Alexander-Schranz
Alexander Schranz
Core Developer – Sulu GmbH
Core developer and support king. So dedicated to his work that we couldn't find a hobby to mention.
@alex_s_
2021-09-29

How the Sulu Dev Team Sets Up a New Project

In our guide to getting started with Sulu we explained the first steps to beginning a Sulu project. If you’re a Symfony developer already familiar with Composer, you'll know how easy it is to get started with Sulu. When you’re ready to take it to the next level and optimize your dev setup, we’ve put together some of the best practices and suggested tools that we on the Sulu dev team employ every time we begin a new Sulu CMS project.

Gather your initial requirements

To hit the ground running on your Sulu Project, we recommend installing the following before you begin: 

Use Composer to install dependencies

To install Composer for dependency management, you can either use the command line or download a package from their website, which contains more detailed installation instructions. 

Tip: For macOS users, we especially recommend installing PHP and Composer locally — Symfony frequently accesses the File System, which can cause performance issues when you run PHP inside of a Docker container. 

When you need to confirm system requirements, all of the Sulu CMS’s can be found in the requirements section of the composer.json file of the sulu/sulu package. At the moment, Sulu CMS is compatible with every Symfony version, starting from 4.3, and requires a PHP version of 7.2 or higher, which you can install from the command line with Homebrew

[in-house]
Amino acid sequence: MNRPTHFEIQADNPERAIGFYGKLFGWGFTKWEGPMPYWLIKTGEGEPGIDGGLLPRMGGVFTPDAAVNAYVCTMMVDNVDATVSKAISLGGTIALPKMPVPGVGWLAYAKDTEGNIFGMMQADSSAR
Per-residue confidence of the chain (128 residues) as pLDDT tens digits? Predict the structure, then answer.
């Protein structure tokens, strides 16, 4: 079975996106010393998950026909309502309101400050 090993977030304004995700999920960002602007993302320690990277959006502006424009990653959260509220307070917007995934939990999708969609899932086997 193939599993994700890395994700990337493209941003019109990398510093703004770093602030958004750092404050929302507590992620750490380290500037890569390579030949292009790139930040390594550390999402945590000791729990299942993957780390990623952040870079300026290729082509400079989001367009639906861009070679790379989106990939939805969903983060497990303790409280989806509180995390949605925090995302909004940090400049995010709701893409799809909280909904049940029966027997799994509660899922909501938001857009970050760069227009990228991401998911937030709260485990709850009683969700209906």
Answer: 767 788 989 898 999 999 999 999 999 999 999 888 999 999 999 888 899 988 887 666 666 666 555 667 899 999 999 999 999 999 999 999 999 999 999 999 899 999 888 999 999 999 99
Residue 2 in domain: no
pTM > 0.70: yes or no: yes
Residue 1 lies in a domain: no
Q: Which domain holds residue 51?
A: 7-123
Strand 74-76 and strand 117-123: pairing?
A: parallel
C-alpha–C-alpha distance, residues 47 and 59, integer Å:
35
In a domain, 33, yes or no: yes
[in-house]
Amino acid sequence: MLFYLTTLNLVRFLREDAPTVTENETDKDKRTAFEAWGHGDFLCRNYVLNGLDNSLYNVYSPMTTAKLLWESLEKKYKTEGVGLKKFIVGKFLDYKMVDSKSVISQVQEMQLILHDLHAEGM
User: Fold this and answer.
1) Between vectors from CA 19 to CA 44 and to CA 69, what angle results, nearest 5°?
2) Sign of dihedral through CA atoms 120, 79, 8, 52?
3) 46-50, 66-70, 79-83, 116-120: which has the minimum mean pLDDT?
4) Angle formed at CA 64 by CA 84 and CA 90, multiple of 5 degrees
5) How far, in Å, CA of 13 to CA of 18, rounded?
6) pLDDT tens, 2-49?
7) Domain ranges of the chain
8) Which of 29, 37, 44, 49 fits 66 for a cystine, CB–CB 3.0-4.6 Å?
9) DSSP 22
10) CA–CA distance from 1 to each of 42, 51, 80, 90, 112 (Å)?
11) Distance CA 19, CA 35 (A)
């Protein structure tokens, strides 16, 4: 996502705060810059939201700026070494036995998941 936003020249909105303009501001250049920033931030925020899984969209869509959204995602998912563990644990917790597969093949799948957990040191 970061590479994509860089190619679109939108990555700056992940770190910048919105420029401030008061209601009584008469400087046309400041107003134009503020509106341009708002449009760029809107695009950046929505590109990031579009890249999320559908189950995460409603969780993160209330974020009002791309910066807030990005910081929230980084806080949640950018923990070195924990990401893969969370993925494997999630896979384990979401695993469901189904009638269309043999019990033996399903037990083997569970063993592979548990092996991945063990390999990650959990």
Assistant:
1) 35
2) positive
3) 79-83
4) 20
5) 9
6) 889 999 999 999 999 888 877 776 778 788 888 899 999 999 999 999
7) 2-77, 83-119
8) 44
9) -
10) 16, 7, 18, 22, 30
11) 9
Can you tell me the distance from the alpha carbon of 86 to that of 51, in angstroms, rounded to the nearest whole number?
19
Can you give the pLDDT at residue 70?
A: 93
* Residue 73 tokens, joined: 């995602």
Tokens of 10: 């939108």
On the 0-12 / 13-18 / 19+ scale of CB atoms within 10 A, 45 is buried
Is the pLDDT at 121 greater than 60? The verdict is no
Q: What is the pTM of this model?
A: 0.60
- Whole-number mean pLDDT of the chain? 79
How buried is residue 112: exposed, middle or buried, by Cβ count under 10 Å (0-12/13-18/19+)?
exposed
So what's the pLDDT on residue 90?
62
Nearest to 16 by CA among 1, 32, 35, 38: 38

Tip: Homebrew makes it possible to install and use multiple PHP versions:

brew install php@7.3

brew install php@7.4

Run a MySQL database instance with Docker

Every Sulu project requires a running database, and we test each new version of Sulu using both MySQL and PostgreSQL databases. If you’re unsure what kind of database is right for your project, we recommend MySQL. It’s one of the most common databases available and performs fairly well.

Docker is a great tool for setting up your development database — no need for time-consuming configuration and setup of a MySQL instance on your local machine.

To run your development database:

  1. Install Docker
  2. Install Docker Compose
  3. Configure your MySQL database in a docker-compose yml file
  4. Start the services with the command: docker-compose up

An example of how to configure your MySQL database through the docker-compose file can be found on our Sulu Demo’s GitHub page, and below:

version: '3'
services:
    mysql:
        image: mysql:5.7
        ports:
            - ${DOCKER_MYSQL_PORT:-3306}:3306
        volumes:
            - ./var/data/mysql:/var/lib/mysql:cached
        environment:
            MYSQL_ALLOW_EMPTY_PASSWORD: 'yes'

Spin up a local web server using the Symfony CLI

While PHP comes with a built-in web server, we prefer using the Symfony CLI for local development. The Symfony CLI comes in handy if you want a feature-rich local web server, but you’re not ready to set up a production web-server like Apache or Nginx. Some of the useful, additional features you get include: 

  • Support for HTTPS, which allows you to ensure your libraries run on the secure version of a website.
  • The ability to define local domain names, so you can have stable endpoints and check the functionality of your domains:subdomain structure.

Install the Symfony CLI by following the instructions on their website. Once you’re ready to preview your project locally, spin up the web server with the command:

symfony server:start --daemon

This should log the URL address that your web server is listening in on. You can visit by entering the address into your browser, or typing the command:

symfony open:local

To stop the server you can run:

symfony server:stop

Tip: If you want to use a specific PHP version for your project, you can create a .php-version file within your project's root directory to tell the Symfony CLI which PHP version should be used:

echo 8.0 > .php-version

Hit the ground running with Sulu today

Now that you’re set-up, you’re ready to create your project. As a Symfony developer, the directory and file structure should be familiar to you, so create your project with the Composer command 

composer create-project sulu/skeleton {directory name} -n 

and make your first project commit with Git. Be confident — you’re now set up like the Sulu dev team!